Third search of ATM turns up missing $200

Ana gave her eftpos card to her partner, Jordan, to withdraw $200 for her. Jordan tried to withdraw money at another bank’s ATM. The ATM accepted the card and PIN, but part way through the transaction, an on-screen message said the transaction could not be processed, and the card was returned without any money.
December 2012

Ana checked her account the next day via internet banking and found that $200 had been withdrawn from her account. Ana contacted her bank to say Jordan had not received any money. She made a claim for $200.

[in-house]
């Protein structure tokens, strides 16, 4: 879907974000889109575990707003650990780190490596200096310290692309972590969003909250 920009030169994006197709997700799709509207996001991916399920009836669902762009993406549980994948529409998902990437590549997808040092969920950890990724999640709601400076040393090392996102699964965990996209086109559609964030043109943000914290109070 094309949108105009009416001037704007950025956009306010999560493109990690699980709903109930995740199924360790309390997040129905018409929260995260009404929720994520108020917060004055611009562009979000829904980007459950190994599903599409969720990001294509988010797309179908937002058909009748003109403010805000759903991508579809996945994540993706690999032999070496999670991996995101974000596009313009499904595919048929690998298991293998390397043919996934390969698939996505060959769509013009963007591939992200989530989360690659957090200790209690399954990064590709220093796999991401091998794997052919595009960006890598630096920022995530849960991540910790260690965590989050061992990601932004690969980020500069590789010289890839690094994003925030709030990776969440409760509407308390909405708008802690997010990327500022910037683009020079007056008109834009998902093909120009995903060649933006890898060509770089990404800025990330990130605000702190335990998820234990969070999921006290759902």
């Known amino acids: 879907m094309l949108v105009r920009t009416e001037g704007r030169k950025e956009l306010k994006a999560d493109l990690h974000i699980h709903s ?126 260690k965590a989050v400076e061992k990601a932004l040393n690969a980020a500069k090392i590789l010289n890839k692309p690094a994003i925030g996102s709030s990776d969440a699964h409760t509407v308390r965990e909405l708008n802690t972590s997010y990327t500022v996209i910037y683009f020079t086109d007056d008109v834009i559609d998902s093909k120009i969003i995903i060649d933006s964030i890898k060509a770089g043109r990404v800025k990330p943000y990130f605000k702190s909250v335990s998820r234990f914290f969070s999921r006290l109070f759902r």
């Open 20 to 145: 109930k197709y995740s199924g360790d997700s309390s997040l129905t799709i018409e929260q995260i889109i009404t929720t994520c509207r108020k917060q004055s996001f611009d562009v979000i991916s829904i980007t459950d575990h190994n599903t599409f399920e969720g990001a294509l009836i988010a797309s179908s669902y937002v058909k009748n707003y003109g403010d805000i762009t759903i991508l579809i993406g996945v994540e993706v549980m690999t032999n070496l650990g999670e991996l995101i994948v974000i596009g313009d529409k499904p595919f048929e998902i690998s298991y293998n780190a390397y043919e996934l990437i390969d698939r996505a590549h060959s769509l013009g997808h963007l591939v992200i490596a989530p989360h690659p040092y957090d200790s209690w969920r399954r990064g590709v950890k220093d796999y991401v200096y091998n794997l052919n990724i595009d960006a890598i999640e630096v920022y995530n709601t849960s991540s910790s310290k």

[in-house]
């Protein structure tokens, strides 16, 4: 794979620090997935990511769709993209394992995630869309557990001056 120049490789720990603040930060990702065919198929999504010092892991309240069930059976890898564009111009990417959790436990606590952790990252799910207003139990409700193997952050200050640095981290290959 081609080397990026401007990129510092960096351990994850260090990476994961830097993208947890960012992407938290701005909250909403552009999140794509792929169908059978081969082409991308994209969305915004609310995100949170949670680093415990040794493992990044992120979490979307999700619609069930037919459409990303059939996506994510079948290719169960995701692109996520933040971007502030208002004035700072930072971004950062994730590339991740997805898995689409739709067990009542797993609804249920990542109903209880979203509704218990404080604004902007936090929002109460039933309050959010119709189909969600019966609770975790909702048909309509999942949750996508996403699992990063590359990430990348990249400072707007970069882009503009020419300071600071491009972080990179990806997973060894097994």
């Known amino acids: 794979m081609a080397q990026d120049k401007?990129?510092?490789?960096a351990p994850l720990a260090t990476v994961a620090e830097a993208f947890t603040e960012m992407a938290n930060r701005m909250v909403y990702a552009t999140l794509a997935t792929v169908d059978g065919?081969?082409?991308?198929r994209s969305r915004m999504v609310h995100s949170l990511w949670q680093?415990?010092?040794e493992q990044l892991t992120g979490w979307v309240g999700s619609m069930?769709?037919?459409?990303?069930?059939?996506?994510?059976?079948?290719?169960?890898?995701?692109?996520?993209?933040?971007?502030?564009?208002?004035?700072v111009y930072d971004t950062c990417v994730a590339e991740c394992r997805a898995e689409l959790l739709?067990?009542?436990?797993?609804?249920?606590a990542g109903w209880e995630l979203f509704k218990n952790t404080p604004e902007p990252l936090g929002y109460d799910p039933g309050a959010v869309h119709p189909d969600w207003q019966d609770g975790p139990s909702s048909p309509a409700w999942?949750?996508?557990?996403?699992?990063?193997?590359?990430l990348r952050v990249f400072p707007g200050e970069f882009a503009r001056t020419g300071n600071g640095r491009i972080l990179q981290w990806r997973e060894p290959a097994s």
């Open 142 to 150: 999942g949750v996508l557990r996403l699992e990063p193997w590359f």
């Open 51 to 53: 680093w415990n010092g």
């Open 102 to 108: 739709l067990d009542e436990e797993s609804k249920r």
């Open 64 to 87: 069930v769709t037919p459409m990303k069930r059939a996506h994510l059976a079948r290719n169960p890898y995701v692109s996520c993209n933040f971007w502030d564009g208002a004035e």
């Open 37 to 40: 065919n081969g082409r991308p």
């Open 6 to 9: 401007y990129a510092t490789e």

Her bank got back to her several weeks later to say the ATM-owning bank had accounted for all of the money at the ATM at the end of the day in question. Her bank declined her claim.

Ana asked her bank to ask the ATM-owning bank to check again. The reply was the same.

Our investigation

Ana complained to us. We asked Ana’s bank to obtain all information about the balancing of the ATM on the day in question. ATM-owning banks should make proper enquiries, including checking whether an ATM has malfunctioned or failed to balance, and should also review security footage if there is a camera.

Ana’s bank came back to say the ATM-owning bank had found a $200 discrepancy. Ana’s bank was apologetic, explaining that it had to rely on information from the ATM-owning bank. It reimbursed the $200 and offered $100 for the inconvenience she had suffered.


Ana accepted the offer.

Print this page